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Bulgari fetes heritage with Spanish Steps restoration project

March 24, 2014


Italy’s Bulgari is investing in Italian heritage projects as a way to give back, while also celebrating its 130th anniversary, with a $2 million pledge to restore Rome’s Spanish Steps over a two-year period.

The project, slated to begin in 2015, will work to restore the iconic Italian landmark after Italian prime minister Matteo Renzi asked for private investors to help maintain monuments throughout the country. With Bulgari behind the restoration, the project will likely leave an impression on travelers who visit the Spanish Steps.

“For Bulgari, it's an inexpensive, long-lasting public relations spend," said Rob Frankel, branding expert at marketing consultancy firm Frankel & Anderson, Los Angeles. "I doubt that Bulgari will allow the project to proceed without a lot of press mention and permanent signage at the site.

“Theoretically, every tourist on the Spanish Steps over the next few decades will likely be exposed to a Bulgari brand mention of some sort,” he said.

“Between press releases, background brochures, tour guides and government programs, you can bet that Bulgari will be thanked endlessly for their contribution. It's usually part of the deal.”

Mr. Frankel is not affiliated with Bulgari, but agreed to comment as an industry expert.

Bulgari, owned by LVMH since 2011, did not respond by press deadline.

Supporting history
To support its home country, Bulgari has stepped forward to help restore Italy’s Spanish Steps. The landmark restoration project is just one of many privately-funded initiatives to come about in response to the Italian government cutting funding for the maintenance of its monuments.

Built between 1723 and 1725, Rome’s Spanish Steps include 136 steps and is the widest staircase in all of Europe.

In popular culture, the Spanish Steps have been mentioned in songs such as Bob Dylan's “When I Paint My Masterpiece” and has been used in iconic Hollywood films such as 1953’s “Roman Holiday” starring Audrey Hepburn and Gregory Peck.

Bulgari's boutique on Via Dei Condotti with the Spanish Steps in view

Bulgari is celebrating its anniversary by ensuring that the Spanish Steps can be enjoyed for generations to come. Bulgari CEO Jean-Christophe Babin in a brand statement fittingly describes the Spanish Steps as an “architectural jewel in the Eternal City” showing that the jeweler is best equipped to refurbish the monument, as the brand is accustomed to working with jewels.

Meanwhile, Bulgari shared a minute-long social video on its Facebook page titled “The Spanish Steps Experience.” The video shows the Spanish Steps, located up the street from its Rome boutique on Via Dei Condotti, shimmering from projector lights with animations of jewels being splashed down the stairs.

Bulgari - The Spanish Steps Experience

Although Bulgari has not released much information about what it has planned for its 130th anniversary celebration, the jeweler has been consistently introducing touch points via social media. On its Facebook, Instagram and Twitter, Bulgari shared the The Spanish Steps Experience event through photographs of celebrities who attended the kickoff event of the jeweler’s 130th anniversary.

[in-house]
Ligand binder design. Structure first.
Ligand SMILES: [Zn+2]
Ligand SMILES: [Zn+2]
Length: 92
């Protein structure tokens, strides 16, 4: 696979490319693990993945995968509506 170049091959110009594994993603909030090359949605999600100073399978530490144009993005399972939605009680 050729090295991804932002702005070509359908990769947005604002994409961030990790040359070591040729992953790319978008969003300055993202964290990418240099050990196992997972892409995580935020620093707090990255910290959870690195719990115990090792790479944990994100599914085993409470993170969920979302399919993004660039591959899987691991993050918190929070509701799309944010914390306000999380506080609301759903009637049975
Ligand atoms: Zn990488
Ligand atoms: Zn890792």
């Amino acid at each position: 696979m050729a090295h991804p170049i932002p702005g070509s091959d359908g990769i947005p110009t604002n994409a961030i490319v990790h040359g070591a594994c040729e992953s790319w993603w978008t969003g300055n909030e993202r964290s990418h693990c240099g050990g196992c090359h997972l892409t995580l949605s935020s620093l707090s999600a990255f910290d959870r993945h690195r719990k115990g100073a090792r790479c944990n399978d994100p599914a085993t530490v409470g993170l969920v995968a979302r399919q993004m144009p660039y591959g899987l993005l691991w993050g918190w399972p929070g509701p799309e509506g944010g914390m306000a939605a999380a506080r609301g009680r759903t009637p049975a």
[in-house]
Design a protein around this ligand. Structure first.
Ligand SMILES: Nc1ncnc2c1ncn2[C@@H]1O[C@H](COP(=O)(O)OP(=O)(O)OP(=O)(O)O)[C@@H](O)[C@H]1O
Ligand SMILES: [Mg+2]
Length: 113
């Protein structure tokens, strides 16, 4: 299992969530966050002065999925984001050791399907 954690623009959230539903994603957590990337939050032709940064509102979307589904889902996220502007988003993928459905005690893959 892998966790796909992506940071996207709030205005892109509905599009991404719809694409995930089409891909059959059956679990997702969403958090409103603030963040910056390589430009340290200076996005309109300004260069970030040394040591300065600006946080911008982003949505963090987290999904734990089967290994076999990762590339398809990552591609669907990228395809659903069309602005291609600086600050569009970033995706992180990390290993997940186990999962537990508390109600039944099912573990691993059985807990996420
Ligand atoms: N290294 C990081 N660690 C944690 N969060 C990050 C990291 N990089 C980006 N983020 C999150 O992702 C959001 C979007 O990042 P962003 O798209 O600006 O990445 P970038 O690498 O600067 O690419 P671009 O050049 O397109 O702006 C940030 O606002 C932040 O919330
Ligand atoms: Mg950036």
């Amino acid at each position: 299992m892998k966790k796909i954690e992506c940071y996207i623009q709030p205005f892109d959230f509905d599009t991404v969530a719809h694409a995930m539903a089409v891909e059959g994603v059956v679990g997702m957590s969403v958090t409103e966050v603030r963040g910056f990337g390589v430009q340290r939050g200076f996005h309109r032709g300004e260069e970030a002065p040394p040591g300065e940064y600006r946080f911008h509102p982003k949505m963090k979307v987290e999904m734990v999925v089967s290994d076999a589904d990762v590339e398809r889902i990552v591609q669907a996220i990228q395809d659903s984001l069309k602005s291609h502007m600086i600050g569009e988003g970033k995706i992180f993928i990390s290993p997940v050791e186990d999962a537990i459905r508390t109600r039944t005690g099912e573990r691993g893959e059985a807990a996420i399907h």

Bulgari has dedicated the hashtag #Bulgari130Years for its ongoing celebrations.

Monument brands
Similar architecture restoration initiatives have been introduced by other Italian brands such as footwear brand Tod’s which financially funded the restoration of the Roman Colosseum.

Also, Italian fashion house Fendi is the sole benefactor of the project to restore the Trevi Fountain and the Four Fountains in Rome.

The “Fendi for Fountains” initiative allows the brand to reinforce its Roman heritage by giving back to the city that has supplied inspiration to the label over the years. Due to the foot traffic at the Trevi Fountain, the brand will likely see a rise in brand awareness from tourists (see story).

Other Italian brands have dedicated means to the restoration of other types of art such as film to ensure enjoyment for years to come.

For example, Italian fashion house Gucci continued its film restoration project with The Film Foundation and Warner Bros. Entertainment that showcased the brand’s appreciation for and support of cinematic arts.

Facilitating the restoration of director Nicholas Ray’s film “Rebel Without a Cause” allowed the brand to show its enthusiasts a side not based in fashion. Artistic collaborations give brands a way to connect with and change the perceptions of consumers outside their niche (see story).

A restoration project can permanently align a brand with historic relics.

"Aside from the [obvious] benefits, projects like this align Bulgari with classic architectural, artistic and cultural names and efforts, which ostensibly raises its perception in the minds of consumers,” Mr. Frankel said.

“If your brand name is constantly mentioned alongside established, high-quality brands and names, pretty soon the public accepts you're in the company you keep,” he said. “At least that's what brands are shooting for.”

Final Take
Jen King, editorial assistant on Luxury Daily, New York